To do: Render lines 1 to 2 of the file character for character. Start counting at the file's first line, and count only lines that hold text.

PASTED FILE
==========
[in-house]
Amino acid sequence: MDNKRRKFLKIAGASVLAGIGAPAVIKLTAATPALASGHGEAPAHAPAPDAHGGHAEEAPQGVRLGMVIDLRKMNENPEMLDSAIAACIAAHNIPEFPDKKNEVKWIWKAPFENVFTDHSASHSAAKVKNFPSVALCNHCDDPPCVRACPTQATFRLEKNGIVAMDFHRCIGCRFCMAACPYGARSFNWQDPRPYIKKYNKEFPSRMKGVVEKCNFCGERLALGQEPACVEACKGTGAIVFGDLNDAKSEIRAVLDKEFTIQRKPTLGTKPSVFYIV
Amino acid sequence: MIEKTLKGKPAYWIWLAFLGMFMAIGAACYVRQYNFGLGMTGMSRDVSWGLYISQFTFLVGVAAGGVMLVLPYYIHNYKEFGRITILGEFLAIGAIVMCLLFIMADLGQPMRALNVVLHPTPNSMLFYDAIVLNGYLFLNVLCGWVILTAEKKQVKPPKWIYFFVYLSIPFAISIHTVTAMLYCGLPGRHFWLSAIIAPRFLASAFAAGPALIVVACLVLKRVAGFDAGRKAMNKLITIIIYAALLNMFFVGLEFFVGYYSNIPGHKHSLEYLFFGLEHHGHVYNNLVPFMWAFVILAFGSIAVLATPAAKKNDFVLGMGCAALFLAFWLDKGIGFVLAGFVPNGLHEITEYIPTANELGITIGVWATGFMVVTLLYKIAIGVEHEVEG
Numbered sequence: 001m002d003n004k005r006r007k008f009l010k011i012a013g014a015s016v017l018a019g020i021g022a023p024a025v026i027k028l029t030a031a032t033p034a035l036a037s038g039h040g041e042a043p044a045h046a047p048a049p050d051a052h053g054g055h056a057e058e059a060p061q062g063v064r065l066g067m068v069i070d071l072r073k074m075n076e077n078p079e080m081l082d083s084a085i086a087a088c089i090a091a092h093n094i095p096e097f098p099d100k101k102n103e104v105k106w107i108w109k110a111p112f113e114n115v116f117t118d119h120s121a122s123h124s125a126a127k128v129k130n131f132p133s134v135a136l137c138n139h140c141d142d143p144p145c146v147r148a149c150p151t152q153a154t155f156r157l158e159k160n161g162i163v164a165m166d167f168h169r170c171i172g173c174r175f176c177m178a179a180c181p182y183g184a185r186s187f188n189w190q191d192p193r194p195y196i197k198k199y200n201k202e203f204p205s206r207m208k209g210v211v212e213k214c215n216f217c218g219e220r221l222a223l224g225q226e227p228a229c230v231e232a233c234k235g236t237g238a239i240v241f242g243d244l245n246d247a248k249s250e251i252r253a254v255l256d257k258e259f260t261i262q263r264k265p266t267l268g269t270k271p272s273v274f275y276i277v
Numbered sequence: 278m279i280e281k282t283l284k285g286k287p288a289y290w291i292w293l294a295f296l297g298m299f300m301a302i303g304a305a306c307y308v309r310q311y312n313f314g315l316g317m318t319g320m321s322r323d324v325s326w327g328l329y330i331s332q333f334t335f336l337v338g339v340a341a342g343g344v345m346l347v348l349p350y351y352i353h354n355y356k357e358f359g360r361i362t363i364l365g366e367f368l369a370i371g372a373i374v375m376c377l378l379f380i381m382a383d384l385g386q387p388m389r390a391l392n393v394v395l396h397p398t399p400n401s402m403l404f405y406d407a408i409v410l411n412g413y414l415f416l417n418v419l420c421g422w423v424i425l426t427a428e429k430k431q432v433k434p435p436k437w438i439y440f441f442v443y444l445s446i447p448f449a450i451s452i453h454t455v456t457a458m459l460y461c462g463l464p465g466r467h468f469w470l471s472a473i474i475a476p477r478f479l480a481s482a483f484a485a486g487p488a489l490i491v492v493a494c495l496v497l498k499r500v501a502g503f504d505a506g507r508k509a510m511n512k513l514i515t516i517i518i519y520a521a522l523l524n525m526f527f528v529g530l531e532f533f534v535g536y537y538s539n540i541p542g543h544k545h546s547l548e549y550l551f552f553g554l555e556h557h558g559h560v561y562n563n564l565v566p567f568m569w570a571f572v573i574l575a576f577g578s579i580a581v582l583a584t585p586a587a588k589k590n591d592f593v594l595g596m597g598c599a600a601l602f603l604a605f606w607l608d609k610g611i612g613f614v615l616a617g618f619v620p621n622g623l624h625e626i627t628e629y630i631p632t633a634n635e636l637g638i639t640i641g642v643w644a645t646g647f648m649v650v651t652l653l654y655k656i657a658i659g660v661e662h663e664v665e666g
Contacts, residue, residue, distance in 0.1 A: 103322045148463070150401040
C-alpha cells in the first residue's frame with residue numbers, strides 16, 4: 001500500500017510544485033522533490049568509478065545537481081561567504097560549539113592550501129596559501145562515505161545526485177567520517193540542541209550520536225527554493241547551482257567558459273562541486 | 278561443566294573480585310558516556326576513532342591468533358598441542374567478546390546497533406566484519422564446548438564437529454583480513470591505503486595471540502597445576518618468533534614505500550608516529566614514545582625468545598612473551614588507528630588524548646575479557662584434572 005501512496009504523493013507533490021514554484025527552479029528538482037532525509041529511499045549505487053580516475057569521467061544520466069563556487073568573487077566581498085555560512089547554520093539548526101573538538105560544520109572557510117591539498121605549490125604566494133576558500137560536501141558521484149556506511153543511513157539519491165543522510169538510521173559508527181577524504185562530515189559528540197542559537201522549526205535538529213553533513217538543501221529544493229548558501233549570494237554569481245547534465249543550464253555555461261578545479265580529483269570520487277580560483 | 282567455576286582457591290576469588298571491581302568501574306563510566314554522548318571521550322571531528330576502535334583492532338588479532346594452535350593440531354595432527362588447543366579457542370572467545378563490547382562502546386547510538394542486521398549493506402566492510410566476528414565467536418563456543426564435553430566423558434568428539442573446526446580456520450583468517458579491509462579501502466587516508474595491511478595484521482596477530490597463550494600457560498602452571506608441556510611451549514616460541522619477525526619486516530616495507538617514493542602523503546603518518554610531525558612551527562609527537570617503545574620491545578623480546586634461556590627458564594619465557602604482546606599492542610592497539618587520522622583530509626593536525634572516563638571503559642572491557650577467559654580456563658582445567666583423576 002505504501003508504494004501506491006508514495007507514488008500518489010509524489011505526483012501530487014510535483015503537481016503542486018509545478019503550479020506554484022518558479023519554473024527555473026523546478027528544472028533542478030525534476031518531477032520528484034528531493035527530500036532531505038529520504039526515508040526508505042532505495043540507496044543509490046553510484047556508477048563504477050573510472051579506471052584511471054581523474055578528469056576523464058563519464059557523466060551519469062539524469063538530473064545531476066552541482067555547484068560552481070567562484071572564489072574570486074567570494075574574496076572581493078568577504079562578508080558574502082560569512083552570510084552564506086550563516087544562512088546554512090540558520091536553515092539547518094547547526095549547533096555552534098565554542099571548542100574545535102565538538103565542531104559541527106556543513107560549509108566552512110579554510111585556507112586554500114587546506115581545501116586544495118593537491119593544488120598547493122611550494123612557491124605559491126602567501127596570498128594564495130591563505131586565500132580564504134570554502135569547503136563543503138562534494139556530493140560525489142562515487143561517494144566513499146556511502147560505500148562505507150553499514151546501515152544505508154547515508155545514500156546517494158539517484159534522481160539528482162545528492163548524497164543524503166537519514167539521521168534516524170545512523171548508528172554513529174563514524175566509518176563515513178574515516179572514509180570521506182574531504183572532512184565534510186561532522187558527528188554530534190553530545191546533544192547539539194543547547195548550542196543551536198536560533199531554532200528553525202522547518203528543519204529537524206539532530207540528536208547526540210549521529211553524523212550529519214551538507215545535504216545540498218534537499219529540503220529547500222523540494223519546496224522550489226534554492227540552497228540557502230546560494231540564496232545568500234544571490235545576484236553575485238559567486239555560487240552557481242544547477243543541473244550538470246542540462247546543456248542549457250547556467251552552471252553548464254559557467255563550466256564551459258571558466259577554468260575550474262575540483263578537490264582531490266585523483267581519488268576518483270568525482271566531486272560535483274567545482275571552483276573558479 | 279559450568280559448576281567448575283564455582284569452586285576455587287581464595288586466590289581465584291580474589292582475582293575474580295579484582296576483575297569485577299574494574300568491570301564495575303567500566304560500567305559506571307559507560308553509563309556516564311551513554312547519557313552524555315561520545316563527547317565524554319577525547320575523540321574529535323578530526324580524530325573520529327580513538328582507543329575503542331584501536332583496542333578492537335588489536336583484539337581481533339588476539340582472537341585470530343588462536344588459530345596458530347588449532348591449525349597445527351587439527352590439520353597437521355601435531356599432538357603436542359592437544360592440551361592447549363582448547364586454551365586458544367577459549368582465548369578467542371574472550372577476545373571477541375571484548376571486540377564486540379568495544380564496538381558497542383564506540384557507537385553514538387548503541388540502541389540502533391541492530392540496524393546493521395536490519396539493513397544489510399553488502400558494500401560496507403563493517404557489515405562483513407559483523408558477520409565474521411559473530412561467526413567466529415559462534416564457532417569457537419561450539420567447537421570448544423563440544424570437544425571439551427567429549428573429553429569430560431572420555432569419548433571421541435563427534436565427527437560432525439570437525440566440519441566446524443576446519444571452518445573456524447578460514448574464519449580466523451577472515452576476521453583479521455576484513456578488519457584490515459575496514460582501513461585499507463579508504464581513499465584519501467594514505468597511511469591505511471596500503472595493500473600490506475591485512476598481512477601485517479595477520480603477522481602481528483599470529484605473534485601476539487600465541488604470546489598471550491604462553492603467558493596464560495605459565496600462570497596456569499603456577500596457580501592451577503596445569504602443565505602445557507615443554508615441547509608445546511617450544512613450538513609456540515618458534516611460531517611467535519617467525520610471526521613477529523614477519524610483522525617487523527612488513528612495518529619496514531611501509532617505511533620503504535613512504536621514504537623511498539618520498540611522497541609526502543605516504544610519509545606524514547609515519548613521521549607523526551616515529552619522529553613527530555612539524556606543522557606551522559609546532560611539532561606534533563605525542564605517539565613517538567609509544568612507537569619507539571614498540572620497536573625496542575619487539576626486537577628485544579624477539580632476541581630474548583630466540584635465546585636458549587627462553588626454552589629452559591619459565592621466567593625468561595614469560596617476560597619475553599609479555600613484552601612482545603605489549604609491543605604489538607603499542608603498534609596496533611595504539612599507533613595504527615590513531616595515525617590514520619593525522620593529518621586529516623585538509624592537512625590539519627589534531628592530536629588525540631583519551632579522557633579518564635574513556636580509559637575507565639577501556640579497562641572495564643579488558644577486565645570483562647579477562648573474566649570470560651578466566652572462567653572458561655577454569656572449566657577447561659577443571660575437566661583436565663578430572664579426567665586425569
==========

[in-house]
Amino acid sequence: MDNKRRKFLKIAGASVLAGIGAPAVIKLTAATPALASGHGEAPAHAPAPDAHGGHAEEAPQGVRLGMVIDLRKMNENPEMLDSAIAACIAAHNIPEFPDKKNEVKWIWKAPFENVFTDHSASHSAAKVKNFPSVALCNHCDDPPCVRACPTQATFRLEKNGIVAMDFHRCIGCRFCMAACPYGARSFNWQDPRPYIKKYNKEFPSRMKGVVEKCNFCGERLALGQEPACVEACKGTGAIVFGDLNDAKSEIRAVLDKEFTIQRKPTLGTKPSVFYIV